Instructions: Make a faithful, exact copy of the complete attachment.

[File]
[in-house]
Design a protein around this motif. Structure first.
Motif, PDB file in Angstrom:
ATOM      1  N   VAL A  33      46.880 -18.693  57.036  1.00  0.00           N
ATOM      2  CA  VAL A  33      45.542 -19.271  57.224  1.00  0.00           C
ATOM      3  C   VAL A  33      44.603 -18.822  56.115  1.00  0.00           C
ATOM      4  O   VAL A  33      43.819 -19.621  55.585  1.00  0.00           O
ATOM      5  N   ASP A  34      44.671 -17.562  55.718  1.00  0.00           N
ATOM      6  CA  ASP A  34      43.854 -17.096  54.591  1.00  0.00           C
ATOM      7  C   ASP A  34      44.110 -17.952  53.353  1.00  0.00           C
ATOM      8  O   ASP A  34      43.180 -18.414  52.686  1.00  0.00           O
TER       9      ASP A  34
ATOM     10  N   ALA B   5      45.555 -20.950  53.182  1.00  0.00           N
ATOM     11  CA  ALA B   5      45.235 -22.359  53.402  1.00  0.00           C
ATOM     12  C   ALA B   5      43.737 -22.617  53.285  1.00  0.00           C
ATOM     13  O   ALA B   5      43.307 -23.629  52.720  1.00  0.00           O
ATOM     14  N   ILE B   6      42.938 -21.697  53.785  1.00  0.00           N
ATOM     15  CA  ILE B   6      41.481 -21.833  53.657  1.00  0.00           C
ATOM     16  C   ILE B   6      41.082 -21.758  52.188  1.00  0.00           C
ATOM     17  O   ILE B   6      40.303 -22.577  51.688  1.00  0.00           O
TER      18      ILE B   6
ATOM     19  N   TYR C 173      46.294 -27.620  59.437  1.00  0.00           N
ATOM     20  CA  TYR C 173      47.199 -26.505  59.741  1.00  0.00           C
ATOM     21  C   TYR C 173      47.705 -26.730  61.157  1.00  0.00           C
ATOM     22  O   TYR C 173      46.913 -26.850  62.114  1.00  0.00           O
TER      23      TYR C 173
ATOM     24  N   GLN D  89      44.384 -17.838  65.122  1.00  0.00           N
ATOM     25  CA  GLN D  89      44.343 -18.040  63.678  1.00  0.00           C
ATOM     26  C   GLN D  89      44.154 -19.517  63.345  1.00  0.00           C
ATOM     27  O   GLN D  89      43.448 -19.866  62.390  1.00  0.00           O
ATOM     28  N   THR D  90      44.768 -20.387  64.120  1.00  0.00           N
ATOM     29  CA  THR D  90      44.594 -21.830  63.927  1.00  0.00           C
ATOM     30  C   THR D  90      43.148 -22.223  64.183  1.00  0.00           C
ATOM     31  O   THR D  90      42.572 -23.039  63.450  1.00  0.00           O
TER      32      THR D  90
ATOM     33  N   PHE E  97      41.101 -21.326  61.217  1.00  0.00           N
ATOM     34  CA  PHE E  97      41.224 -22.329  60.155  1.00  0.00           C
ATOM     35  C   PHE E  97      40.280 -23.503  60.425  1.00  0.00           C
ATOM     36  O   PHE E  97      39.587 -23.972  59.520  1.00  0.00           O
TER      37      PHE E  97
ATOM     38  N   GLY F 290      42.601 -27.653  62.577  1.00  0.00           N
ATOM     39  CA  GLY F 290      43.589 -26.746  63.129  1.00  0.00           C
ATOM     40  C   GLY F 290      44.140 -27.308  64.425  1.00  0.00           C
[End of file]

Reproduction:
[in-house]
Design a protein around this motif. Structure first.
Motif, PDB file in Angstrom:
ATOM      1  N   VAL A  33      46.880 -18.693  57.036  1.00  0.00           N
ATOM      2  CA  VAL A  33      45.542 -19.271  57.224  1.00  0.00           C
ATOM      3  C   VAL A  33      44.603 -18.822  56.115  1.00  0.00           C
ATOM      4  O   VAL A  33      43.819 -19.621  55.585  1.00  0.00           O
ATOM      5  N   ASP A  34      44.671 -17.562  55.718  1.00  0.00           N
ATOM      6  CA  ASP A  34      43.854 -17.096  54.591  1.00  0.00           C
ATOM      7  C   ASP A  34      44.110 -17.952  53.353  1.00  0.00           C
ATOM      8  O   ASP A  34      43.180 -18.414  52.686  1.00  0.00           O
TER       9      ASP A  34
ATOM     10  N   ALA B   5      45.555 -20.950  53.182  1.00  0.00           N
ATOM     11  CA  ALA B   5      45.235 -22.359  53.402  1.00  0.00           C
ATOM     12  C   ALA B   5      43.737 -22.617  53.285  1.00  0.00           C
ATOM     13  O   ALA B   5      43.307 -23.629  52.720  1.00  0.00           O
ATOM     14  N   ILE B   6      42.938 -21.697  53.785  1.00  0.00           N
ATOM     15  CA  ILE B   6      41.481 -21.833  53.657  1.00  0.00           C
ATOM     16  C   ILE B   6      41.082 -21.758  52.188  1.00  0.00           C
ATOM     17  O   ILE B   6      40.303 -22.577  51.688  1.00  0.00           O
TER      18      ILE B   6
ATOM     19  N   TYR C 173      46.294 -27.620  59.437  1.00  0.00           N
ATOM     20  CA  TYR C 173      47.199 -26.505  59.741  1.00  0.00           C
ATOM     21  C   TYR C 173      47.705 -26.730  61.157  1.00  0.00           C
ATOM     22  O   TYR C 173      46.913 -26.850  62.114  1.00  0.00           O
TER      23      TYR C 173
ATOM     24  N   GLN D  89      44.384 -17.838  65.122  1.00  0.00           N
ATOM     25  CA  GLN D  89      44.343 -18.040  63.678  1.00  0.00           C
ATOM     26  C   GLN D  89      44.154 -19.517  63.345  1.00  0.00           C
ATOM     27  O   GLN D  89      43.448 -19.866  62.390  1.00  0.00           O
ATOM     28  N   THR D  90      44.768 -20.387  64.120  1.00  0.00           N
ATOM     29  CA  THR D  90      44.594 -21.830  63.927  1.00  0.00           C
ATOM     30  C   THR D  90      43.148 -22.223  64.183  1.00  0.00           C
ATOM     31  O   THR D  90      42.572 -23.039  63.450  1.00  0.00           O
TER      32      THR D  90
ATOM     33  N   PHE E  97      41.101 -21.326  61.217  1.00  0.00           N
ATOM     34  CA  PHE E  97      41.224 -22.329  60.155  1.00  0.00           C
ATOM     35  C   PHE E  97      40.280 -23.503  60.425  1.00  0.00           C
ATOM     36  O   PHE E  97      39.587 -23.972  59.520  1.00  0.00           O
TER      37      PHE E  97
ATOM     38  N   GLY F 290      42.601 -27.653  62.577  1.00  0.00           N
ATOM     39  CA  GLY F 290      43.589 -26.746  63.129  1.00  0.00           C
ATOM     40  C   GLY F 290      44.140 -27.308  64.425  1.00  0.00           C